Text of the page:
UAE launches app for Indians seeking work visas
The app provides guidelines and directions to make the journey safe and hassle-free. It is meant to work like a map with key waypoints along with guidelines to complete a particular process, such as the mandatory medical checkup, attestation of documents and police clearance certificate.world Updated: Jan 22, 2018 19:22 IST
The United Arab Emirates has launched a smartphone app for Indians seeking work visas that is aimed at streamlining the process and completing most of the procedures in India so that the applicants can make a hassle-free entry into the workforce.
Currently available in Hindi and English for Android platforms, the app will soon be rolled out in Malayalam in view of the large number of people from Kerala who apply for work visas.
“Much of the procedures that were earlier done in the UAE are now done here. The app will facilitate visa applications and make things easier,” UAE ambassador Ahmed Al Banna said on Monday.
The app provides guidelines and directions to make the journey safe and hassle-free. It is meant to work like a map with key waypoints along with guidelines to complete a particular process, such as the mandatory medical checkup, attestation of documents and police clearance certificate.
“Earlier the checks were done in the UAE, now they are done in India. We want to cut down the hardships for India and the applicants can now start working within a day of arriving in the UAE,” said Al Banna.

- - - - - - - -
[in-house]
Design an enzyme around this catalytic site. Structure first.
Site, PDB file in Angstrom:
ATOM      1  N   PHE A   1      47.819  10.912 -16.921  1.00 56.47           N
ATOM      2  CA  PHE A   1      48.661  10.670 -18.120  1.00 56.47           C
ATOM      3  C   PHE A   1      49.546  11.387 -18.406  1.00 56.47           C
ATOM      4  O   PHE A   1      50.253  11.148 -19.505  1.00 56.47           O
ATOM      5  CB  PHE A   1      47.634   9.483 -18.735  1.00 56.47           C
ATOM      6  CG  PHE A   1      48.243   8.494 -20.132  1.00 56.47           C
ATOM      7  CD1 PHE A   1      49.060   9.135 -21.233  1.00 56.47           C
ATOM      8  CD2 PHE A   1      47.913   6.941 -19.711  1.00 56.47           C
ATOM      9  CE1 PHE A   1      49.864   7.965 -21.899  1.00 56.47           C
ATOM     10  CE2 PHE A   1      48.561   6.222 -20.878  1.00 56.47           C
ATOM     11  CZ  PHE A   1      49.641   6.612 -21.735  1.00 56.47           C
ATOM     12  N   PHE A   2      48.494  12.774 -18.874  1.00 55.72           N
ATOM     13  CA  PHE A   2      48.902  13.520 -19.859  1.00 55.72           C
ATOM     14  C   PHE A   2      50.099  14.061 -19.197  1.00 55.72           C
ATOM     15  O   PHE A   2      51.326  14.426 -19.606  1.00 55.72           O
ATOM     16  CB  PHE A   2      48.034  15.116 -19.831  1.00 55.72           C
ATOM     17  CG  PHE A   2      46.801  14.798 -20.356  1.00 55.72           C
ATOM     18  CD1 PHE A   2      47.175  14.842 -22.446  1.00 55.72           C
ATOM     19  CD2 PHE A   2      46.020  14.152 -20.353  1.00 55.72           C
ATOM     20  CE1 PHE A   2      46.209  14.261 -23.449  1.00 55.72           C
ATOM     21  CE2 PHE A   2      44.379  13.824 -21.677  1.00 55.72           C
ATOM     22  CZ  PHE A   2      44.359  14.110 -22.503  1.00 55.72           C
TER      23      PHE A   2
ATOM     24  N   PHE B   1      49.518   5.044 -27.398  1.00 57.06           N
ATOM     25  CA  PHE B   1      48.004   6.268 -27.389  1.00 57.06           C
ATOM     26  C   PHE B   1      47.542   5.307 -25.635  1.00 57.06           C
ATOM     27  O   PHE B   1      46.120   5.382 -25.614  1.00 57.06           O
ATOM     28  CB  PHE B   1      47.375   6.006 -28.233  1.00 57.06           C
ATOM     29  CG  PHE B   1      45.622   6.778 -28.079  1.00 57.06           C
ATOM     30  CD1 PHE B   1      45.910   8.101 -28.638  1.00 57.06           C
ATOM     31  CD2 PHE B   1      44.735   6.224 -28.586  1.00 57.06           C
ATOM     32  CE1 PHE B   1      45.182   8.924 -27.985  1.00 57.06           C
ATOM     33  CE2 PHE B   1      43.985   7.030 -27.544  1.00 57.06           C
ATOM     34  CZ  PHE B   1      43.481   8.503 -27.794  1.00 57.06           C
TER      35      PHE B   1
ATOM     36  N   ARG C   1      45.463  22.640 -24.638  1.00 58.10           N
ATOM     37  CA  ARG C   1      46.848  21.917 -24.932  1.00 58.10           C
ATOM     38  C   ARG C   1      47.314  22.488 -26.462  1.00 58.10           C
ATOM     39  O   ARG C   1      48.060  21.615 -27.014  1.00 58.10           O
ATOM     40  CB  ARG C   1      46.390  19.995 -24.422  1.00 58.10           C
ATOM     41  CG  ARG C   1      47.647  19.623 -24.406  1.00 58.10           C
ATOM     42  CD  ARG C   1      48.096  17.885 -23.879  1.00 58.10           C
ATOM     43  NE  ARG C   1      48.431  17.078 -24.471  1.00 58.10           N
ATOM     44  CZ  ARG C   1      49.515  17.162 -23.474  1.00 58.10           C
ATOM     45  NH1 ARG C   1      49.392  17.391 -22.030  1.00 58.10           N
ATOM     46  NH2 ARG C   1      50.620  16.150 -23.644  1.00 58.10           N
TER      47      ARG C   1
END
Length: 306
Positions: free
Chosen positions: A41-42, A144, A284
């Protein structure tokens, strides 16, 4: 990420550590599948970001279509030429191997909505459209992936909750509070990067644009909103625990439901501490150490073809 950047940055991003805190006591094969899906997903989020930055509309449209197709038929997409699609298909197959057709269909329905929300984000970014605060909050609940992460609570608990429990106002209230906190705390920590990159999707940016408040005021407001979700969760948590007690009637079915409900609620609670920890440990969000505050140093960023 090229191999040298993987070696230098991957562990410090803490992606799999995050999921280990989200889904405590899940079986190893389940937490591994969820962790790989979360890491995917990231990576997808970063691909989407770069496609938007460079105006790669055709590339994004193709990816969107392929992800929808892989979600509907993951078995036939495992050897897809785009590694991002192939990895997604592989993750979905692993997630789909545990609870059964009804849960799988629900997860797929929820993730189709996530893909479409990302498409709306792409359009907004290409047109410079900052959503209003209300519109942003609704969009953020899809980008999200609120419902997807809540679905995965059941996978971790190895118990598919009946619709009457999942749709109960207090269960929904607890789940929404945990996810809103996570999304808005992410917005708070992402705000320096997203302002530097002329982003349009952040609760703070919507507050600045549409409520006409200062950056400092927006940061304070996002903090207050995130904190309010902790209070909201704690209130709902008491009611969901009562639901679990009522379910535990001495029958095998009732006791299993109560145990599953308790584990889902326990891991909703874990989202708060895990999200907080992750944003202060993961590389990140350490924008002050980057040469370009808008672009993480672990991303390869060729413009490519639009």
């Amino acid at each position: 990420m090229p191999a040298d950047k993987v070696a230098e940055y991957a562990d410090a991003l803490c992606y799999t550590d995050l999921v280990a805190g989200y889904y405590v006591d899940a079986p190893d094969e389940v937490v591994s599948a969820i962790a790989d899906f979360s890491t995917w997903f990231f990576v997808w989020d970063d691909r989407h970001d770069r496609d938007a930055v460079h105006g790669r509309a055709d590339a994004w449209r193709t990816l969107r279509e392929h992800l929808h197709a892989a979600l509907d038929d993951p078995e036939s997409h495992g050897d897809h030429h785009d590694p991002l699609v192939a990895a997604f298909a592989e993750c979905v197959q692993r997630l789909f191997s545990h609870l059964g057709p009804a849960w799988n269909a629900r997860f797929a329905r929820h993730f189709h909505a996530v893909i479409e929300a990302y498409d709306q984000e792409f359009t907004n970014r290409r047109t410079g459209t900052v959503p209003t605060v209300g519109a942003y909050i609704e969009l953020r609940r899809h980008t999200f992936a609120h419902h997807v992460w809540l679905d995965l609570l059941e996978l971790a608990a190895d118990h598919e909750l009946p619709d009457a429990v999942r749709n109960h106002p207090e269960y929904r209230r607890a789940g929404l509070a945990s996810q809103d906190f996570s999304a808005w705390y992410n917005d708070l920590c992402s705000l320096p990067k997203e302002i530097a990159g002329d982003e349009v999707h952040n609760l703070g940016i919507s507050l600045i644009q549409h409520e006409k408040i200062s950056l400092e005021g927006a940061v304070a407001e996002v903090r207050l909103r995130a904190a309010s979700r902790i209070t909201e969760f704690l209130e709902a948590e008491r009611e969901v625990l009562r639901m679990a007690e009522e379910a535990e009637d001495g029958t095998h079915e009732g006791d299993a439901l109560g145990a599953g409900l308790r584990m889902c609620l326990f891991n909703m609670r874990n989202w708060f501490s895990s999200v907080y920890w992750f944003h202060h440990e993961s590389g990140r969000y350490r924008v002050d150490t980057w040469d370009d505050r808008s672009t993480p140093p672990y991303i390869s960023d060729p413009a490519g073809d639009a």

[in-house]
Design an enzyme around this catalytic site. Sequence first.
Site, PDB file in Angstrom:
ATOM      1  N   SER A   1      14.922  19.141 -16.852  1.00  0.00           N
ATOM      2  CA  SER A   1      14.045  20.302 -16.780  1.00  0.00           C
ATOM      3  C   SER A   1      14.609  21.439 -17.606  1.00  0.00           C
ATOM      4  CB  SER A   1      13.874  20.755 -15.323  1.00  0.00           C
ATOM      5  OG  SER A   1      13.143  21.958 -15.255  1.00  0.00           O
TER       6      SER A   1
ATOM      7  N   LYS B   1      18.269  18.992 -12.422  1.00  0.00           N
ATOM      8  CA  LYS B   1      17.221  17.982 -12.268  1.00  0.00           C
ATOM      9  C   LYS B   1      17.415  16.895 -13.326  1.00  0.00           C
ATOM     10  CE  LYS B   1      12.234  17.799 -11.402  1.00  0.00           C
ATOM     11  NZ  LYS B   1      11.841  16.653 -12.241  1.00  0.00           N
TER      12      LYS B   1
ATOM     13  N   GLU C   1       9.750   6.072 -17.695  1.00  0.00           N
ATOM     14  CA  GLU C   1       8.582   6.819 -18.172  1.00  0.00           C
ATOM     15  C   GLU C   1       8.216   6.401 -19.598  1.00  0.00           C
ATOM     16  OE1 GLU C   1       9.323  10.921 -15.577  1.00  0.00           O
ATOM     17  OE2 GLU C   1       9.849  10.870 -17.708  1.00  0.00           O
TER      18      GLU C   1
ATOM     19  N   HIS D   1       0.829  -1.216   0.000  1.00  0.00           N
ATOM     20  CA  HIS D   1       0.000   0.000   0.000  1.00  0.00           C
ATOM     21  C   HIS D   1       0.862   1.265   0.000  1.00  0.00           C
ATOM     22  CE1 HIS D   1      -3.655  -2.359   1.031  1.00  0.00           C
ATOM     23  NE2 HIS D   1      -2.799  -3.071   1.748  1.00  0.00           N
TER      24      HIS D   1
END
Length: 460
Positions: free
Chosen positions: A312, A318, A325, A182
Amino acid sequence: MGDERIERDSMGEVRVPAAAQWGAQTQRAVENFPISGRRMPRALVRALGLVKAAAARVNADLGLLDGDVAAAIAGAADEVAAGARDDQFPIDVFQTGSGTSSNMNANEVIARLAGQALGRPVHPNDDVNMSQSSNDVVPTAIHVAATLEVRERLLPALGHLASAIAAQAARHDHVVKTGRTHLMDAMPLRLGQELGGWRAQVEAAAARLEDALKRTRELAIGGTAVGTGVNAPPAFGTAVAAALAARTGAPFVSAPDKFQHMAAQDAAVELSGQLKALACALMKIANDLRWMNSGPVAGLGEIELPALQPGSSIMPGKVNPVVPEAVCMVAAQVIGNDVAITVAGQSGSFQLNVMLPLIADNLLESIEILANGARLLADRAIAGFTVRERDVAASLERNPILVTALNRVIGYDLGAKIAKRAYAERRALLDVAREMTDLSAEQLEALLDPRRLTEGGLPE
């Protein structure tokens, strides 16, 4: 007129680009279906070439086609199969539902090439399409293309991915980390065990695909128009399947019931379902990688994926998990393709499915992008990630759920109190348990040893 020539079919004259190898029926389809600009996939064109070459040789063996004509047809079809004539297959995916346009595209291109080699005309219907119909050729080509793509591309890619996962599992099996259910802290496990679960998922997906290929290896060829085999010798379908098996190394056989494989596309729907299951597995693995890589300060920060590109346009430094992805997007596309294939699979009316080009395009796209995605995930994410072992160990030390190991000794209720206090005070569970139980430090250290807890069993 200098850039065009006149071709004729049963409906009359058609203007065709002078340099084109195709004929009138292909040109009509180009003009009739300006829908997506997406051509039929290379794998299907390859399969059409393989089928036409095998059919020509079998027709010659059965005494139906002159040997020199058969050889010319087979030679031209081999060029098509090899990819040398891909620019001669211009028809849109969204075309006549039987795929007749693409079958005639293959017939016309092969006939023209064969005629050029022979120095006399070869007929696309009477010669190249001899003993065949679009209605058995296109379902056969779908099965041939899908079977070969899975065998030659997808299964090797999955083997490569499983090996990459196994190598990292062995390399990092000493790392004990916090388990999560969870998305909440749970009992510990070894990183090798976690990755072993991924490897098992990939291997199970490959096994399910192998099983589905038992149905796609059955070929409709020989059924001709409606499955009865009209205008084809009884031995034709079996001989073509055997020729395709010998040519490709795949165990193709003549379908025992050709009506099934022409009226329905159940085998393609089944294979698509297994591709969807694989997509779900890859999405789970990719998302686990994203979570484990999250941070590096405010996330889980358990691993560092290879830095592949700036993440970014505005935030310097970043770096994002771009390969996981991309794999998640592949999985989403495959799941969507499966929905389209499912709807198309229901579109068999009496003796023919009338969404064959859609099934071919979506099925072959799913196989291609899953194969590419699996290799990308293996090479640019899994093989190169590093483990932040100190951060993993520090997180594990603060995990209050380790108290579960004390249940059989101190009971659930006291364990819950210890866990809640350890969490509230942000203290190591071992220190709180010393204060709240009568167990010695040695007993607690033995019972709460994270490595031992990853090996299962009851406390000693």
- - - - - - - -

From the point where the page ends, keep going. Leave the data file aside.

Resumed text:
The UAE currently has three visa centres in India — Delhi, Mumbai, and Thiruvananthapuram — and the one in the national capital alone issued about 50,000 work visas last year. A total of 1.6 million Indians visited the UAE last year, while Indian visitors to Dubai alone crossed the 1-million mark during January-September 2017.
The UAE is home to an Indian expatriate community of more than 2.6 million, the largest in the country. Professionally qualified workers make up about 20% of the community, followed by 20% white-collar non-professionals and the remainder are blue-collar workers.
Al Banna also said the two countries were close to a major breakthrough in resolving the problems linked to investments by DP World, a leading operator of marine and inland ports. The problems linked to investments by Etisalat and Emaar are still being looked at, he said.
“In the case of DP World, we are almost on the edge of sorting out the technical issues,” he said, with giving details.
Al Banna’s remarks coincided with Dubai-based DP World and India’s National Investment and Infrastructure Fund (NIF) announcing that they had created a fund to invest up to $3 billion of equity in the transport and logistics sectors of India.
In the case of Etisalat, which had exited its India operations in 2012 after the Supreme Court cancelled 122 mobile licences in the 2G spectrum case, Al Banna said a high level committee was “going deeper into the issues and hopefully, it will be sorted out soon”.
The “legacy issues” faced by Etisalat, Emaar and DP World had been taken up at the meeting of the India-UAE task force on investment in Abu Dhabi on January 14. The meeting, chaired by Sheikh Hamed bin Zayed al Nahyan and commerce minister Suresh Prabhu, also discussed new business opportunities, including planned investments of about $1.5 billion from the UAE in logistics, dry ports and port management.